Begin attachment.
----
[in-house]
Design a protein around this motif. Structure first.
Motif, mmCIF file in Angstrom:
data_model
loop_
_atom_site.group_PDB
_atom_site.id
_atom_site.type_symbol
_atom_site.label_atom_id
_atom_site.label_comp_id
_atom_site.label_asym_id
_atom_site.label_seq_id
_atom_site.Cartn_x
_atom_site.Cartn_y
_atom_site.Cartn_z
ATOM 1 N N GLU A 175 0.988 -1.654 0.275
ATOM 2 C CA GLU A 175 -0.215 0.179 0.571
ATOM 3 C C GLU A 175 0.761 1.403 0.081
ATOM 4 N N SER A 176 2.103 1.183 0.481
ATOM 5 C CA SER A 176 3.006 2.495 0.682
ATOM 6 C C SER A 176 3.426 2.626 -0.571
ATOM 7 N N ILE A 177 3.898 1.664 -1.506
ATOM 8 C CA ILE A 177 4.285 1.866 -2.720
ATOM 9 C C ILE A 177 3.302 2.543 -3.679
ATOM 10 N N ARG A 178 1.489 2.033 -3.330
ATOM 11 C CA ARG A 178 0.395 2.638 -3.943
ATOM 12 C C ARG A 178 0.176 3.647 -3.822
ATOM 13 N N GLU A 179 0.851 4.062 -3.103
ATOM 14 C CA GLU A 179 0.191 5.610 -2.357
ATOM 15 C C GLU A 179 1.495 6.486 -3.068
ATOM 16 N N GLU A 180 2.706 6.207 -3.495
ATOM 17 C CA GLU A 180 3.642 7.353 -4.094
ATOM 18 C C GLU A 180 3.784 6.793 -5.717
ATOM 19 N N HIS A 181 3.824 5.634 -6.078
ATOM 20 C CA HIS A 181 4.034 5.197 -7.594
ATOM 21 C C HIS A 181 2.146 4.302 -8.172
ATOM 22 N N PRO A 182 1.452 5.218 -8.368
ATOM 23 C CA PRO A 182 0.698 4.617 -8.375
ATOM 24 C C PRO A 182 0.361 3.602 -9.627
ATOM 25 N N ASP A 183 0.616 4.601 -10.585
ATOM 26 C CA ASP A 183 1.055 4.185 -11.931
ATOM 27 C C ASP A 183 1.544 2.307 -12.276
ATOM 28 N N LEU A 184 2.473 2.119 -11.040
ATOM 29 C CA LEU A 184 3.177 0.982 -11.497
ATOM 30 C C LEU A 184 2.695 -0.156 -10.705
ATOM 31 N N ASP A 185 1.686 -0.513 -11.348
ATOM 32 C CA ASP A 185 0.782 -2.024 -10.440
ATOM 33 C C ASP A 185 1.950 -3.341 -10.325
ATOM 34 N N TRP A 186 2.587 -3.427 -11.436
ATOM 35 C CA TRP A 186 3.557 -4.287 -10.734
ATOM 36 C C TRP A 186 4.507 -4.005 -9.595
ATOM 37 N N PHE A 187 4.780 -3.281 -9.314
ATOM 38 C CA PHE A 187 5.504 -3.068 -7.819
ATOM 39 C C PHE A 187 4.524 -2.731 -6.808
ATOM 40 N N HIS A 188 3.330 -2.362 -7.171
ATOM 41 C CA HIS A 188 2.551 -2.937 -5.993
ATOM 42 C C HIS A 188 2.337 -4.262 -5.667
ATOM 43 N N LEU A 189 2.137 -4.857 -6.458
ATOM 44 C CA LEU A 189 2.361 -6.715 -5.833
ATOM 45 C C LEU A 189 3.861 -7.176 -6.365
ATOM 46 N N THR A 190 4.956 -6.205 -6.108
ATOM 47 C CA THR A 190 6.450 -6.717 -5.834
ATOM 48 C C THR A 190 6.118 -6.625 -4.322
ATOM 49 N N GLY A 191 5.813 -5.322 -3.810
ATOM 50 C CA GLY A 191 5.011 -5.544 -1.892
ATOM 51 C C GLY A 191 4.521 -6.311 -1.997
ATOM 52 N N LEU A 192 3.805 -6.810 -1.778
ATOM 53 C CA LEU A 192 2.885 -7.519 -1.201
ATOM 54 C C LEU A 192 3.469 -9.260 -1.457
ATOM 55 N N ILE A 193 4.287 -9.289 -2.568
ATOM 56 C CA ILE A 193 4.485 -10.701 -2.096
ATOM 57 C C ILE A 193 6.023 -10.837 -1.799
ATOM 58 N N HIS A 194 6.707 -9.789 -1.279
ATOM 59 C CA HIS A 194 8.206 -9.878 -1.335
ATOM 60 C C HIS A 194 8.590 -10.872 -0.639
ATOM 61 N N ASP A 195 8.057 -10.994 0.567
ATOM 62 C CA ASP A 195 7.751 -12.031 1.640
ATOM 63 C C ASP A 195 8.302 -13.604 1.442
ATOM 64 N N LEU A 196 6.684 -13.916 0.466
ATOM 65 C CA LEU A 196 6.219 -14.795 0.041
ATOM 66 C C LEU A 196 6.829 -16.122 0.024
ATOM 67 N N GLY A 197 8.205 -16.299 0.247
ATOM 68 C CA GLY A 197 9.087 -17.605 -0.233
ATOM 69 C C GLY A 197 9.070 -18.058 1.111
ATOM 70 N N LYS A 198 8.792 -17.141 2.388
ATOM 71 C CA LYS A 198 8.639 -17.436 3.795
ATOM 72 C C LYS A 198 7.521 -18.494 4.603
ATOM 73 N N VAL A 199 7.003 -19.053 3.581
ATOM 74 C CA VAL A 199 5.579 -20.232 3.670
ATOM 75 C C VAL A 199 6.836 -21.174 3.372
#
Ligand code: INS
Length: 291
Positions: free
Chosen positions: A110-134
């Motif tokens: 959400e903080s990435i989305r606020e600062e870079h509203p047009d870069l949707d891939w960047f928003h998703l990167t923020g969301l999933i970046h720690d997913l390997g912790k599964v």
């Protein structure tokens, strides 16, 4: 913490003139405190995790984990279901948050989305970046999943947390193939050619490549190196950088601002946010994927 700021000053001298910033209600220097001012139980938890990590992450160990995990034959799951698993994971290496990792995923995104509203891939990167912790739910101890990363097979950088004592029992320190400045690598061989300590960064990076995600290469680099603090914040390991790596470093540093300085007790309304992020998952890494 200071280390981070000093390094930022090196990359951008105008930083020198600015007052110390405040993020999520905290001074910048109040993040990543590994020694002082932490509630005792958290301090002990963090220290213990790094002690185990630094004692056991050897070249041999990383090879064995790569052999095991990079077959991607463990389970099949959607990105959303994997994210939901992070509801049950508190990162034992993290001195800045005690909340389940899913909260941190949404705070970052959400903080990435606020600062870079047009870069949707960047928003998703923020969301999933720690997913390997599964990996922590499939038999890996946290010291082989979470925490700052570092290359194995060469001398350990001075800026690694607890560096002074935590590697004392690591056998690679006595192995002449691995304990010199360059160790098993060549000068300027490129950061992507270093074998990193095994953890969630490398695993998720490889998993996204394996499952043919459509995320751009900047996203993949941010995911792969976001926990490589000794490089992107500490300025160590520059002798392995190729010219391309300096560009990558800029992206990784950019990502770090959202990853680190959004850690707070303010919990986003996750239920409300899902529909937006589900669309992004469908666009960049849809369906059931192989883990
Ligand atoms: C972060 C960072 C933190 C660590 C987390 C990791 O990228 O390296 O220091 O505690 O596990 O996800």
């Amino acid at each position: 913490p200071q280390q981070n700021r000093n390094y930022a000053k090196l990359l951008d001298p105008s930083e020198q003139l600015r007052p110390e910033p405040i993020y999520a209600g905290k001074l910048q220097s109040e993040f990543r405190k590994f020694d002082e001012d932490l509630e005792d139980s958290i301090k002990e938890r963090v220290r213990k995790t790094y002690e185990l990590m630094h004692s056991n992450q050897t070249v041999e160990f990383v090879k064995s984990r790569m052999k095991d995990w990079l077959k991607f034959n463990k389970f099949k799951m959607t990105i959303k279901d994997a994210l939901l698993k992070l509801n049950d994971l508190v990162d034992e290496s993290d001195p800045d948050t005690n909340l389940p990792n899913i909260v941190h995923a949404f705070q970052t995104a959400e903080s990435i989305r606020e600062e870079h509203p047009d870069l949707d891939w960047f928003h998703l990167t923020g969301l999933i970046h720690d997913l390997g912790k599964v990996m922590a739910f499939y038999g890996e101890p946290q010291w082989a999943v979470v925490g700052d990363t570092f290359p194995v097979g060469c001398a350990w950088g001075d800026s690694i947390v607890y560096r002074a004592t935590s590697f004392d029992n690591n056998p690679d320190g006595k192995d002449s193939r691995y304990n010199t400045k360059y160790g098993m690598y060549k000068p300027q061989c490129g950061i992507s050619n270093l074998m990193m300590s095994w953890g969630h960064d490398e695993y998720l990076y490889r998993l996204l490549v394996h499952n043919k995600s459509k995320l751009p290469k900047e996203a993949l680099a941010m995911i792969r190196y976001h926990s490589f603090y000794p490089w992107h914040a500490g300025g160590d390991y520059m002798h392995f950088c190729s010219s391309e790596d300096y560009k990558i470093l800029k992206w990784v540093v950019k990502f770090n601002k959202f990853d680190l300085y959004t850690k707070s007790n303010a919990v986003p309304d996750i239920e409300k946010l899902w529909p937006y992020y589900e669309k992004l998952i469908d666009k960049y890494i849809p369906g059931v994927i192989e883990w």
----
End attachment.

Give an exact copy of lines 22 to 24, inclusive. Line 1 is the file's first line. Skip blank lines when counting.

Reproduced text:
ATOM 7 N N ILE A 177 3.898 1.664 -1.506
ATOM 8 C CA ILE A 177 4.285 1.866 -2.720
ATOM 9 C C ILE A 177 3.302 2.543 -3.679